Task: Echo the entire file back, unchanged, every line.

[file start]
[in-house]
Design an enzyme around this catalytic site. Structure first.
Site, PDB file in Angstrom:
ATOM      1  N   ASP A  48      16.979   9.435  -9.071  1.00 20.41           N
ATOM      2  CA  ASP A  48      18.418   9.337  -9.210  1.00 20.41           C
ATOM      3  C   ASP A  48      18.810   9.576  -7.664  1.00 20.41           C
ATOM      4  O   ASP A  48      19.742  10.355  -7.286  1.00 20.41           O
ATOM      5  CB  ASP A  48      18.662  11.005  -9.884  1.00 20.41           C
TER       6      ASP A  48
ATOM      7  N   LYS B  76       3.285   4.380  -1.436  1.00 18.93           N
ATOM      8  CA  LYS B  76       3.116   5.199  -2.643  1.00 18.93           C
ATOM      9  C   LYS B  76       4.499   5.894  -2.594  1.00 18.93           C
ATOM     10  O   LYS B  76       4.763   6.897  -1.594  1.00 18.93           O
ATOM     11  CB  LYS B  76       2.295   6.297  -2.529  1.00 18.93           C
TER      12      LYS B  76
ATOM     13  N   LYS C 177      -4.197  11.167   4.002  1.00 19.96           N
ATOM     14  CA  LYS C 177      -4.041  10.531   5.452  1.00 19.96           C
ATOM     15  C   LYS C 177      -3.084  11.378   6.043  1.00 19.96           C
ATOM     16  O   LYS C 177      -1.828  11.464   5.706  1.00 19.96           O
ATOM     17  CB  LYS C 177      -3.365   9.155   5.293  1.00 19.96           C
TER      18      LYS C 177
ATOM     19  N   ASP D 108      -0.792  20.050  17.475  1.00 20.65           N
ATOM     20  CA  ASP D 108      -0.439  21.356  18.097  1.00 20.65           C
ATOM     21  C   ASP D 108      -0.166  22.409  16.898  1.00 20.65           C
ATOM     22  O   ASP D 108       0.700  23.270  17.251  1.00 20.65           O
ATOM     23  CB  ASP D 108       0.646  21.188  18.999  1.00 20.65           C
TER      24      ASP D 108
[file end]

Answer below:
[in-house]
Design an enzyme around this catalytic site. Structure first.
Site, PDB file in Angstrom:
ATOM      1  N   ASP A  48      16.979   9.435  -9.071  1.00 20.41           N
ATOM      2  CA  ASP A  48      18.418   9.337  -9.210  1.00 20.41           C
ATOM      3  C   ASP A  48      18.810   9.576  -7.664  1.00 20.41           C
ATOM      4  O   ASP A  48      19.742  10.355  -7.286  1.00 20.41           O
ATOM      5  CB  ASP A  48      18.662  11.005  -9.884  1.00 20.41           C
TER       6      ASP A  48
ATOM      7  N   LYS B  76       3.285   4.380  -1.436  1.00 18.93           N
ATOM      8  CA  LYS B  76       3.116   5.199  -2.643  1.00 18.93           C
ATOM      9  C   LYS B  76       4.499   5.894  -2.594  1.00 18.93           C
ATOM     10  O   LYS B  76       4.763   6.897  -1.594  1.00 18.93           O
ATOM     11  CB  LYS B  76       2.295   6.297  -2.529  1.00 18.93           C
TER      12      LYS B  76
ATOM     13  N   LYS C 177      -4.197  11.167   4.002  1.00 19.96           N
ATOM     14  CA  LYS C 177      -4.041  10.531   5.452  1.00 19.96           C
ATOM     15  C   LYS C 177      -3.084  11.378   6.043  1.00 19.96           C
ATOM     16  O   LYS C 177      -1.828  11.464   5.706  1.00 19.96           O
ATOM     17  CB  LYS C 177      -3.365   9.155   5.293  1.00 19.96           C
TER      18      LYS C 177
ATOM     19  N   ASP D 108      -0.792  20.050  17.475  1.00 20.65           N
ATOM     20  CA  ASP D 108      -0.439  21.356  18.097  1.00 20.65           C
ATOM     21  C   ASP D 108      -0.166  22.409  16.898  1.00 20.65           C
ATOM     22  O   ASP D 108       0.700  23.270  17.251  1.00 20.65           O
ATOM     23  CB  ASP D 108       0.646  21.188  18.999  1.00 20.65           C
TER      24      ASP D 108